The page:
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Are brands wiping clean the UK Grime scene?

Michael Mann, Co-Founder and Creative Director at Brand Culture, shares the dangers of capitalising on grime, and how labels, talent and brand owners can avoid this. 

Staying with the theme of my recent post about keeping it real for Gen Z, grime is a music genre with authenticity at its heart. Born on the streets of East London, its popularity is booming, having broken into the mainstream through the likes of Dizzee Rascal, Dave, Stormzy and D Double E. But as it continues to grow, is there a danger of grime becoming over-sanitized by brands wishing to capitalise on its popularity, and how can labels, talent and brand owners help avoid this happening?

Dizzee Rascal was one of the first MCs to give grime music a spotlight in the mid-2000s. As grime became supplanted by pop and house in the 2010s, he was accused of ‘selling out’ by aligning himself with more commercial music collaborations (Jessie J, Robbie Williams) and brand partnerships (Mini). So how are the next generation of grime artists engaging in commercial brand opportunities while retaining their credibility?

The genre has a natural affinity with urban streetwear and sports energy drinks. Adidas recently partnered with grime legend Kano in the UK to promote the iconic Superstar trainer, while 23 Unofficial became the face of Nike Air Jordan, there being a direct link with the artist’s name and passion for basketball legend Michael ‘23’ Jordan. In 2018 Footlocker promoted their Back to School campaign with Stefflon Don, and last summer Stormzy collaborated with Relentless, offering consumers the chance to win a surprise Merky experience and limited edition Merky Relentless Origin Drinks.

But it’s not just footwear and drinks that have aligned with grime. Back in 2016 Dominos partnered with Wretch 32 and Ladbible to celebrate the first few matches of the Euros, in a live content piece that captured the raw emotion of Wretch 32 and his mates. Even IKEA’s tapped into grime in a partnership with D Double E last Christmas, allowing their TV spot to cut through the usual season superficiality with some refreshing realness.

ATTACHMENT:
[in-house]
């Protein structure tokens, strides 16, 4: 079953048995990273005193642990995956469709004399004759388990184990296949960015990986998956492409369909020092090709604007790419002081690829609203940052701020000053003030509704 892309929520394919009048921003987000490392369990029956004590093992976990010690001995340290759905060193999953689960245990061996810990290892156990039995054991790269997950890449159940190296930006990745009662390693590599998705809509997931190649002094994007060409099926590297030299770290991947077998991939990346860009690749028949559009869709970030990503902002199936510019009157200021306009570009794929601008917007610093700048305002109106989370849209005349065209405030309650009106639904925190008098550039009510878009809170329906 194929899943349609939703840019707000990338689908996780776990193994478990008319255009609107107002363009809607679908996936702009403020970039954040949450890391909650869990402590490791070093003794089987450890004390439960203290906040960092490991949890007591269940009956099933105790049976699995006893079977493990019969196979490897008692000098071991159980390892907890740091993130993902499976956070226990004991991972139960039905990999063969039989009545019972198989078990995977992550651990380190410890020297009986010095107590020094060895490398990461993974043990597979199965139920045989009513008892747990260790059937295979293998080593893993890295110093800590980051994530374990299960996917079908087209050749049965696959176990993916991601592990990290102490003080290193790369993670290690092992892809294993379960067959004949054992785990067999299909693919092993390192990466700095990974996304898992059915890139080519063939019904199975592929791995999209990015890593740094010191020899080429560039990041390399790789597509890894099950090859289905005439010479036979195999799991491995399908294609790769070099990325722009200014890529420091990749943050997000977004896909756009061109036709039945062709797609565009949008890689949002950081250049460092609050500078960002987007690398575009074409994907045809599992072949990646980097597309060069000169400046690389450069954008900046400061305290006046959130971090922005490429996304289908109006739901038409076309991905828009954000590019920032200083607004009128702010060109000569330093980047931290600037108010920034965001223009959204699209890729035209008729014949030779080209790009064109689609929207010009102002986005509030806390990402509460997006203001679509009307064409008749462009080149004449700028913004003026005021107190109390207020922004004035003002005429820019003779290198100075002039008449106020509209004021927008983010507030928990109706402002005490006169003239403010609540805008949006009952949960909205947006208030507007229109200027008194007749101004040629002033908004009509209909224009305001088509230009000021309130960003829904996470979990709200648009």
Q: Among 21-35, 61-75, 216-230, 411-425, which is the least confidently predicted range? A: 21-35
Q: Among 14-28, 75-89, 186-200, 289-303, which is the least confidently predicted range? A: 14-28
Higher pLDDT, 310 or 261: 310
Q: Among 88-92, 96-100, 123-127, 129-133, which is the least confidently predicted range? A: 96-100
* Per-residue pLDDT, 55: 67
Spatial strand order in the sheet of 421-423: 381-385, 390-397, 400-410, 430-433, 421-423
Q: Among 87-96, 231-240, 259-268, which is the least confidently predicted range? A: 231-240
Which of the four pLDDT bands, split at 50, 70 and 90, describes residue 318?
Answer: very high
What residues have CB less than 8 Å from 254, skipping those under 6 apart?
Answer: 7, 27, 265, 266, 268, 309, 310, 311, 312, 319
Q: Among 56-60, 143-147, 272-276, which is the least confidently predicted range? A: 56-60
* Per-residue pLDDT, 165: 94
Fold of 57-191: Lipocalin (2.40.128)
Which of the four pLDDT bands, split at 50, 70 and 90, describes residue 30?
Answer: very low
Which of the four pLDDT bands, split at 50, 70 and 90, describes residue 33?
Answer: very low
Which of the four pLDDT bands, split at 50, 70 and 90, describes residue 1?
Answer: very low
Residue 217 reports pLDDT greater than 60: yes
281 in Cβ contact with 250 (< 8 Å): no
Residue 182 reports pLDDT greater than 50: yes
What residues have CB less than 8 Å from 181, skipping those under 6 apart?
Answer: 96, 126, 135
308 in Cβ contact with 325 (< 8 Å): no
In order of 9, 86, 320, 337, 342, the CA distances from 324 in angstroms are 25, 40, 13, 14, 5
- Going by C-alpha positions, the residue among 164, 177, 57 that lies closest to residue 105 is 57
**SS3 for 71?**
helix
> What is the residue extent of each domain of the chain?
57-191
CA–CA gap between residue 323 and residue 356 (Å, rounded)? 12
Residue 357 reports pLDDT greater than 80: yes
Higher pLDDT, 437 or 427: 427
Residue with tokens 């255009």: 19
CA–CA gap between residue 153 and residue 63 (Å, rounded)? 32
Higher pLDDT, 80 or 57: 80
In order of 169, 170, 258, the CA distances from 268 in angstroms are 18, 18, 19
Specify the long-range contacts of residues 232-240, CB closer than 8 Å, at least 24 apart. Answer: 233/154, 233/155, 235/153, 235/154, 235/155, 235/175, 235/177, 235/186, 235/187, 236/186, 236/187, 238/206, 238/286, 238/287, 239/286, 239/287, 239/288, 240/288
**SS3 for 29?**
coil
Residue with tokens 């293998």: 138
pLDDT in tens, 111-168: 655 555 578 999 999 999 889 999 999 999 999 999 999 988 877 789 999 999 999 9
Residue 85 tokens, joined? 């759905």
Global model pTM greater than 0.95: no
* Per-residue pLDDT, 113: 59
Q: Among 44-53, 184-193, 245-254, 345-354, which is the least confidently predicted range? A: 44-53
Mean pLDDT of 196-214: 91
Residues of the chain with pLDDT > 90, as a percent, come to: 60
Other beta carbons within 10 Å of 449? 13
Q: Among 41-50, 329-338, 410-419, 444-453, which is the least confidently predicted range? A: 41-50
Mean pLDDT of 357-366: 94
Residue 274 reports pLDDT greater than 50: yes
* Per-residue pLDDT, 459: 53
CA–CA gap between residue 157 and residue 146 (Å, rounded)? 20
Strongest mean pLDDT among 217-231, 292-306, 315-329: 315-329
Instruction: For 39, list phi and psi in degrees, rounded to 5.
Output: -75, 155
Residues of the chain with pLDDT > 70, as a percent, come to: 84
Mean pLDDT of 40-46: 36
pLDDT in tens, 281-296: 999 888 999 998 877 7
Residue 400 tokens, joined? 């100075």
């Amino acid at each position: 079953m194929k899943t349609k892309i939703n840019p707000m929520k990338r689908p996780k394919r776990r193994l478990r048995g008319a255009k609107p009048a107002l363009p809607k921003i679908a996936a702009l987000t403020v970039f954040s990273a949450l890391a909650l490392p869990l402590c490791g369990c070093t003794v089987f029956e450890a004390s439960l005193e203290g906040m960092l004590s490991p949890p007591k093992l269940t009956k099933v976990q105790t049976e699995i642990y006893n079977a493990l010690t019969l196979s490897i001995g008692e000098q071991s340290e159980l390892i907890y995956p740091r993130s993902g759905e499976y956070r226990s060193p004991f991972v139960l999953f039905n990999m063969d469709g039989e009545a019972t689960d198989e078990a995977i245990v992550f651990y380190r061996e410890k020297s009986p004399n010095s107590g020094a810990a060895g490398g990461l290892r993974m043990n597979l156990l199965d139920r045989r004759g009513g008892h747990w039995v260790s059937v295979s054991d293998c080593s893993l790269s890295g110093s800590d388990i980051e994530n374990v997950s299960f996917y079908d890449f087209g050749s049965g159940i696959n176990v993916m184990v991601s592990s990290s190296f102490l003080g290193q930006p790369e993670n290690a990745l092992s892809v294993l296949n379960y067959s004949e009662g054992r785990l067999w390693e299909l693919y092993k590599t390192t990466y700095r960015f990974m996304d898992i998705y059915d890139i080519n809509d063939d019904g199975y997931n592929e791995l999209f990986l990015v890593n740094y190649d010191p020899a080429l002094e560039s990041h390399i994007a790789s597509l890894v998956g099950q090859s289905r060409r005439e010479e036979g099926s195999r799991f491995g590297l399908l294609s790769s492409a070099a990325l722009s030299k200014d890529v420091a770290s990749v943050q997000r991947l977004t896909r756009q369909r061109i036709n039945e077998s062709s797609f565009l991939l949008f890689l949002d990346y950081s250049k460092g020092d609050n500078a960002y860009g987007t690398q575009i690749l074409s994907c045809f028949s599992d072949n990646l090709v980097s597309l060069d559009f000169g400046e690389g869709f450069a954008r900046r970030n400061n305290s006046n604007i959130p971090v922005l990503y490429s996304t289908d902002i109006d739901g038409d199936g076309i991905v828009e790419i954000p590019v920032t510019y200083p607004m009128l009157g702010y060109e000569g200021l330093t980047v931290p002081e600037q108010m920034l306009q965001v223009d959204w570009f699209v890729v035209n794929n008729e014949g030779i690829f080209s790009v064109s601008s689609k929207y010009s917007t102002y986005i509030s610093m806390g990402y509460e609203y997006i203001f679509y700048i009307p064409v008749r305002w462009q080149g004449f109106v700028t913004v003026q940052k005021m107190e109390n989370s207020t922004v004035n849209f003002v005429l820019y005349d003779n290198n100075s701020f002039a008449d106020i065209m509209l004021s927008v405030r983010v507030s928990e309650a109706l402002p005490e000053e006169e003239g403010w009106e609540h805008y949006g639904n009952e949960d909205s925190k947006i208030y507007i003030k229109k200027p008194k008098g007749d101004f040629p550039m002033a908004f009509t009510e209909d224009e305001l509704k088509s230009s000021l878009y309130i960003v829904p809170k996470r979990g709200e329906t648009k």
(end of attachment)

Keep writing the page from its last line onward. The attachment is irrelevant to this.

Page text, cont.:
These examples show that even if a brand is mass, it can still create credible grime-themed campaigns. So, here’s some tips if you’re a brand looking at the marketing opportunity with the genre:

1. Have a credible reason to be in the space

The rule of thumb is that if a consumer’s first reaction is to pause and ask themselves why on earth a grime artist is aligning with a brand, then the brand and artist better have a pretty strong underlying reason for the partnership ever hitting the streets.

2. Keep up with the times

It’s also worth bearing in mind that the genre continues to evolve, with subgenres like drill and afro-bashment gaining traction, so be sure to do your research before planning your campaign and messaging.

3. Remain sensitive to grime’s roots

Public disagreements between grime artists certainly aren’t unheard of and ‘clashing’ (disstracks) are pretty hard-wired in grime history. So brands would be wise to keep this in mind if worried about brand safety, while attempts to sanitise any collaboration would not sit well. Relentless’s refusal to drop Stormzy after his recent spat with Wiley, for example, shows the brand’s awareness that clashing is an integral part of Stormzy’s persona.

 

To find out more about Brand Culture, get in touch with toms@brandculture.london